I would like to share with you some cool tools I use at work on Linux operating system, some of them I use occasionally others I use daily. Most of the definition are copied from the default Linux manual. If you need more details you can either open the man page in your terminal like this:
man <package name>
By checking on wikipedia or visiting the company’s website
iftop listens to network traffic on a named interface, or on the first interface it can find which looks like an external interface if none is specified, and displays a table of current bandwidth usage by pairs of hosts. Display real-time bandwidth usage on an interface by host. I use it very often to check who’s consuming our bandwidth on our router.
Display and update sorted information about processes. This is very helpful when you need to check which process is consuming more CPU and RAM.
The ps utility displays a header line, followed by lines containing information about all of your processes that have controlling terminals. Very often when I want to check if a process is rumming or not I filter the output of the ps command with the process name like this:
ps aux | grep "ProcessName"
The netstat command symbolically displays the contents of various network-related data structures. There are a number of output formats, depending on the options for the information presented. Usually I use this tool to see my server is listening on which port number and if there is any connection established like this:
Nmap (“Network Mapper”) is an open source tool for network exploration and security auditing. It was designed to rapidly scan large networks, although it works fine against single hosts.
This will scan the entire network of the local network and let me know which are pingable and which ports are open. If you haveve just plugged in a new hardware (e.g. Raspberry Pi), but don’t know what IP address it grabbed via DHCP, Nmap is priceless.
Display amount of free and used memory in the system. use it with “-m” to get the results in MB
Display who is logged in and what they are doing.
mtr combines the functionality of the traceroute and ping programs in a single network diagnostic tool. You can use the “–report” option to generate statistics about network quality.
mtr --report 22.214.171.124
The arping utility sends ARP and/or ICMP requests to the specified host and displays the replies. The host may be specified by its hostname, its IP address, or its MAC address. Very useful to identify the IP from a given MAC address or vice versa.
Tcpdump prints out a description of the contents of packets on a network interface that match the boolean expression. For exemple you can run the following command to intercept all icmp traffic on all interfaces on the machine:
tcpdump icmp -n -i any
The sar command is used to sample and report various cumulative statistic counters maintained by the operating system.
Lsof revision lists on its standard output file information about files opened by processes.
General system information
# cat /proc/cpuinfo
# cat /proc/meminfo
# cat /proc/zoneinfo
# cat /proc/mounts
Vagrant is free and open-source software for creating and configuring virtual development environments. It can be considered a wrapper around virtualization software such as VirtualBox and configuration management software such as Ansible, Chef, Salt and Puppet. Create and configure lightweight, reproducible, and portable development environments with Vagrant!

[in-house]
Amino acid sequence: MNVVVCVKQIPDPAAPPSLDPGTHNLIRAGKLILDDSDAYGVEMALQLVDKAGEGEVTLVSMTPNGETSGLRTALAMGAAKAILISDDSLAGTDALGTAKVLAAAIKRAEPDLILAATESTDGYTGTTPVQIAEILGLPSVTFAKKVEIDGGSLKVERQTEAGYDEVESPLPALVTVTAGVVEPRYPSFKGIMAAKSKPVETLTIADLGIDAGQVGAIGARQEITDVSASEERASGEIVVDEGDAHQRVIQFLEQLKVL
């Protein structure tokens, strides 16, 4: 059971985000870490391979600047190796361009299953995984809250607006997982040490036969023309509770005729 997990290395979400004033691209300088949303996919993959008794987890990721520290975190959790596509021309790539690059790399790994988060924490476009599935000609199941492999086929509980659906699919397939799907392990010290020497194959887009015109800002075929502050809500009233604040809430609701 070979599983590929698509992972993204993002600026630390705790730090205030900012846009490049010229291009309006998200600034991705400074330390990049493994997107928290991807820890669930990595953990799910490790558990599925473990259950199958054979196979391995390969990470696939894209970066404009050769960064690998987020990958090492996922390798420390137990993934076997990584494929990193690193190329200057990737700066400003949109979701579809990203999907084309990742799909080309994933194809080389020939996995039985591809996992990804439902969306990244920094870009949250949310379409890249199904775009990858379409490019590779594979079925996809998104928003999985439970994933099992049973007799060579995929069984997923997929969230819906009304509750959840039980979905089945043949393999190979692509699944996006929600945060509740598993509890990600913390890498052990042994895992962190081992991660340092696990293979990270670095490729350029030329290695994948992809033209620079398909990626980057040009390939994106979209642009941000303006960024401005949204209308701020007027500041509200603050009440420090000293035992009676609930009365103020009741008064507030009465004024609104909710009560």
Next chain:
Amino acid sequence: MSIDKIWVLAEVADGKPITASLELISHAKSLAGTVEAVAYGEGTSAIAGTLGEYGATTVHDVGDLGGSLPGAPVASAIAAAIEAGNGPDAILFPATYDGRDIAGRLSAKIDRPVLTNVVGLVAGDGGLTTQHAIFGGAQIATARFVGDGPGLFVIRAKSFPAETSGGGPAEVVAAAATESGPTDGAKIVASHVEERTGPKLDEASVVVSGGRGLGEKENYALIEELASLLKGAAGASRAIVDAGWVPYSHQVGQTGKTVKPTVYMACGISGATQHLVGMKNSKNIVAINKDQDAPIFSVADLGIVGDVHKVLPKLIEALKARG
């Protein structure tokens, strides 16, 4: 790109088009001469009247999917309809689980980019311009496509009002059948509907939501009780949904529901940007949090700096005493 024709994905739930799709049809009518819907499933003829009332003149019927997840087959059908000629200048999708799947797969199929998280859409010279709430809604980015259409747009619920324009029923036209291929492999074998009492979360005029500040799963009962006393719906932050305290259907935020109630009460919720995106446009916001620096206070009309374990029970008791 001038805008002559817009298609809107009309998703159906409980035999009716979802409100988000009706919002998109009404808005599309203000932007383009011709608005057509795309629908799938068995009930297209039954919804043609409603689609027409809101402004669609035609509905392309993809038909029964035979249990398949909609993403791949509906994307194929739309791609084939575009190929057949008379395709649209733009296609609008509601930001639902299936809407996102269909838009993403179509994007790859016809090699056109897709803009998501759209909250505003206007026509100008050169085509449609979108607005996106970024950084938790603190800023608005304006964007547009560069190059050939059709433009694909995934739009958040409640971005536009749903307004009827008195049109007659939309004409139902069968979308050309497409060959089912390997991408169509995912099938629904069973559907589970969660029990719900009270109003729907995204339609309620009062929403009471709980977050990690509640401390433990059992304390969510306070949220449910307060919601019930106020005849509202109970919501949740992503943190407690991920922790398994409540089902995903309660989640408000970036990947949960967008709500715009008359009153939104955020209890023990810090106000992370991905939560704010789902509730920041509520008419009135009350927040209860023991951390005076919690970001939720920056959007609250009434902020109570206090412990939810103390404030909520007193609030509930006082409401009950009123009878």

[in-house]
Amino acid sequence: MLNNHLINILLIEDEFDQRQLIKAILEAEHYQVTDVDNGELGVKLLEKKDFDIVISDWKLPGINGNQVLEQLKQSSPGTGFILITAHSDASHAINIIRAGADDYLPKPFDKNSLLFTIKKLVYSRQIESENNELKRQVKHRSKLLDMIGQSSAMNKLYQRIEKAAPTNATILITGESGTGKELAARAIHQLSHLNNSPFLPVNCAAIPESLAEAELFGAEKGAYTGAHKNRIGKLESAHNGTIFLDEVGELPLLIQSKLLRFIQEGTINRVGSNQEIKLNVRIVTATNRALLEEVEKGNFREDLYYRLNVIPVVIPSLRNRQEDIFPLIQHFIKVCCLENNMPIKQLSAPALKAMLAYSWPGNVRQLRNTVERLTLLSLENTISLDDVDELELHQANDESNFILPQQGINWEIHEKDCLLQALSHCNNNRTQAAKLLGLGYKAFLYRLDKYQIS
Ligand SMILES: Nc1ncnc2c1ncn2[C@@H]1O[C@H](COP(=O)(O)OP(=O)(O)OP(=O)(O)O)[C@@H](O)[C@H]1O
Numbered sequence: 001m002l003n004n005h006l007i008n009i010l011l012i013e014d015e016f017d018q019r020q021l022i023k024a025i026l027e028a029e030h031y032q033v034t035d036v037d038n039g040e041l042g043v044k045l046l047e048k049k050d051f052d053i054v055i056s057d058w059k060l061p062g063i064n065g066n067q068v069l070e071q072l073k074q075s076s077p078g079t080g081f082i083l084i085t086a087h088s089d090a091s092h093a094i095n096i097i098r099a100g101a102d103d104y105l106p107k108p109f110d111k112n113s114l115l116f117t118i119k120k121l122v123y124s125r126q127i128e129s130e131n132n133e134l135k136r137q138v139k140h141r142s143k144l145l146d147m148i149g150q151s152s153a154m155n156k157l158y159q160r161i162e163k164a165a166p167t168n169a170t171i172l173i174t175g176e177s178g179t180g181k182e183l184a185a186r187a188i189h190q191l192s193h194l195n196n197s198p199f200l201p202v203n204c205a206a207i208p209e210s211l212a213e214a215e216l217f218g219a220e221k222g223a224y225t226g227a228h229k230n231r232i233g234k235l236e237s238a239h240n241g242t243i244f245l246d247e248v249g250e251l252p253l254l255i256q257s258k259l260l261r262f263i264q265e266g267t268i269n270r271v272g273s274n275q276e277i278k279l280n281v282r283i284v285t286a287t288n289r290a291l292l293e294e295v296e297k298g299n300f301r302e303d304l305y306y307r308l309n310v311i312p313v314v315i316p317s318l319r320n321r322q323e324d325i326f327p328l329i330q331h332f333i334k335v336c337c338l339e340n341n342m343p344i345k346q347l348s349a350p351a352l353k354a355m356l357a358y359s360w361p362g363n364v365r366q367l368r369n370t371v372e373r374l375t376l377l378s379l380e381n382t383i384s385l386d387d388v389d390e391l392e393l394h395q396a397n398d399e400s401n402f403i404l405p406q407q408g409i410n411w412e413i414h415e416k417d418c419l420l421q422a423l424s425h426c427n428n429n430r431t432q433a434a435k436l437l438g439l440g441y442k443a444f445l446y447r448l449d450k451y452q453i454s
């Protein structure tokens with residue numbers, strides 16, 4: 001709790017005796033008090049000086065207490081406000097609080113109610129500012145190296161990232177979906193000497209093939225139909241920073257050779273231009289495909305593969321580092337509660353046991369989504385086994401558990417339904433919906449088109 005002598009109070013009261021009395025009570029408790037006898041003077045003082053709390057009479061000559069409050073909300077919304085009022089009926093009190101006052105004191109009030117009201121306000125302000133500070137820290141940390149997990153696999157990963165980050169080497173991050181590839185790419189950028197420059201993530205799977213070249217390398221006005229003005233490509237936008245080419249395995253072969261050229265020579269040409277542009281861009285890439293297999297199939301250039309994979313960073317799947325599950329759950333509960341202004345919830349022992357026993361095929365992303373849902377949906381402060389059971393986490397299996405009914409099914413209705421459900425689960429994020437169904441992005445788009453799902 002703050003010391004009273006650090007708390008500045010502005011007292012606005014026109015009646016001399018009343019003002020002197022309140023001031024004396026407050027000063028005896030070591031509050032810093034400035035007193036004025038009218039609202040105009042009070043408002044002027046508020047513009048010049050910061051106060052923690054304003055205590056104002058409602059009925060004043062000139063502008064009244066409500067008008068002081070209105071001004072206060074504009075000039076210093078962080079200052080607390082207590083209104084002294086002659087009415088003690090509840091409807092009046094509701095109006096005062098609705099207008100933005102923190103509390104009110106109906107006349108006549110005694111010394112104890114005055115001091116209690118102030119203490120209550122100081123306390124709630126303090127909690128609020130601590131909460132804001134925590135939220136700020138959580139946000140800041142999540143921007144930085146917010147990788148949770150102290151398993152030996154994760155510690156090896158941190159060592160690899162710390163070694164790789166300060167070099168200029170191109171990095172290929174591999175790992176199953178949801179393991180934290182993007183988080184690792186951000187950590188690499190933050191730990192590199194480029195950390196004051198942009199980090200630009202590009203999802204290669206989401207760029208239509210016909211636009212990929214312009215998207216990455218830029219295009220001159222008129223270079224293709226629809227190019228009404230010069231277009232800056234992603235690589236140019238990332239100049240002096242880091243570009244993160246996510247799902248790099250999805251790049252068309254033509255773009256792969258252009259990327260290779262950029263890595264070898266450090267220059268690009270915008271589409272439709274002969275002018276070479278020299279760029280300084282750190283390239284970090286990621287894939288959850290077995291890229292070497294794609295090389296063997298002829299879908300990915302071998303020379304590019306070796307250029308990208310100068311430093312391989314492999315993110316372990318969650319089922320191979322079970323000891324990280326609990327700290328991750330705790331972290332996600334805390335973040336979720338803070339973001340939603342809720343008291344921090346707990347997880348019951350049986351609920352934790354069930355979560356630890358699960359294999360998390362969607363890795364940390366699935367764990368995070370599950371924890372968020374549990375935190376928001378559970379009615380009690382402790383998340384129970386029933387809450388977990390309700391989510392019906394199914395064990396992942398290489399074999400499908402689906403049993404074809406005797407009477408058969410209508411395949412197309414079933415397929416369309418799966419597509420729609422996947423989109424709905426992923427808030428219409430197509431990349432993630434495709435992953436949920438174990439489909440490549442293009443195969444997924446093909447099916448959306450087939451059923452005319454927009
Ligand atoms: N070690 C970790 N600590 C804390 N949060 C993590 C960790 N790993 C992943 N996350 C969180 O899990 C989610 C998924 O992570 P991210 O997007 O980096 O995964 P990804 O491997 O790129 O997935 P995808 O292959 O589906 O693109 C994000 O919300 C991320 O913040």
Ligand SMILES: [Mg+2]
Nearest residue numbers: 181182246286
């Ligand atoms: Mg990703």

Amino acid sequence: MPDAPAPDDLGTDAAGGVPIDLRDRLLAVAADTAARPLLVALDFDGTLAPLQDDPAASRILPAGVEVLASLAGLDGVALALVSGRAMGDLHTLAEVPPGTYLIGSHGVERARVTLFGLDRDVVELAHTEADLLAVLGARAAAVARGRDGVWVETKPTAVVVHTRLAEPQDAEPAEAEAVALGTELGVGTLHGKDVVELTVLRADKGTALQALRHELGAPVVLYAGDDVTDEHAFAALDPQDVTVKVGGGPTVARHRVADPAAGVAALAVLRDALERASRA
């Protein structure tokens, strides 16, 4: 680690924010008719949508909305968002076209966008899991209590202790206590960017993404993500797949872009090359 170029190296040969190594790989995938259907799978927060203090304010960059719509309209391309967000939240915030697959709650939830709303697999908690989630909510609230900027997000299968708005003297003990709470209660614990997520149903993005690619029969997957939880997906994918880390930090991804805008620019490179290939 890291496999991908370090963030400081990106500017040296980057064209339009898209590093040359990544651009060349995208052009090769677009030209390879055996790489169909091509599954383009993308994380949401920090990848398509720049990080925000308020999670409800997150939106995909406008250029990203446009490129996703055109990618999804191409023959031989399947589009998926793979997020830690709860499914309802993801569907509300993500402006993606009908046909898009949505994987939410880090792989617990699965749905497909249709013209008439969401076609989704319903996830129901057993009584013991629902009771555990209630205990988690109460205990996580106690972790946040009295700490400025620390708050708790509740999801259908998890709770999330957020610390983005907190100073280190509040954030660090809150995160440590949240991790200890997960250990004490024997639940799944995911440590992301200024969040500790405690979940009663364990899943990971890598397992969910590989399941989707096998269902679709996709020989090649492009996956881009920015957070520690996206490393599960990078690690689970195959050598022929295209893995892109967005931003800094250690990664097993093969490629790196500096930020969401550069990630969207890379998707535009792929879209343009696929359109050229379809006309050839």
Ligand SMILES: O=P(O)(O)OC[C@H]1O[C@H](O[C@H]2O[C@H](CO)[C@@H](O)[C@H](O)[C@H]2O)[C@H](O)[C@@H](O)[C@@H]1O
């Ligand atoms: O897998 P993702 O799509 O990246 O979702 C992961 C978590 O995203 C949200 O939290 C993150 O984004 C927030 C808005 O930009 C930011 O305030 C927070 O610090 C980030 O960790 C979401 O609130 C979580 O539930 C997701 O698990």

Ansible is the simplest way to automate apps and IT infrastructure. Application Deployment + Configuration Management + Continuous Delivery. You can checkout some of my roles I’ve created with ansible here or you can check it out on my github.
psacct or acct
psacct or acct both are open source application for monitoring users activities on the system. These applications runs in the background and keeps track of each users activity on your system as well as what resources are being consumed. Both psacct and acct are similar tools whereas psacct is available for RPM based systems and acct is available for DEB based systems. We have a development server where all developers connects to, with this tool I keep an eye on the server 😉 The psacct or acct package provides several features for monitoring process activities.
- ac command prints the statistics of user logins/logouts (connect time) in hours.
- lastcomm command prints the information of previously executed commands of user.
- accton commands is used to turn on/off process for accounting.
- sa command summarizes information of previously executed commands.
- last and lastb commands show listing of last logged in users.
Run commands in the background
- Start a process directly in background
sleep 100 &
- Start a process and put it in background
sleep 100 ; < CTRL > Z ; bg
- Move a process from background to foreground
sleep 100 &; sleep 100; < CTRL > Z ; bg ; jobs ; fg 2
- Start a process, log off and have the process running
nohup YourVeryLongTask.sh &
- Log off from a terminal keeping active a process we started without nohup
YourVeryLongTask.sh ; < ctrl > Z; bg; disown -h %1
Most Linux systems have several virtual consoles running in the background. Switch between them by pressing Ctrl-Alt and hitting a key between F1 and F6. Ctrl-Alt-F7 will usually take you back to the graphical X server. Did I miss something? Please add your favorite system tool in the comments. Photo credit: Profound Whatever via photopin cc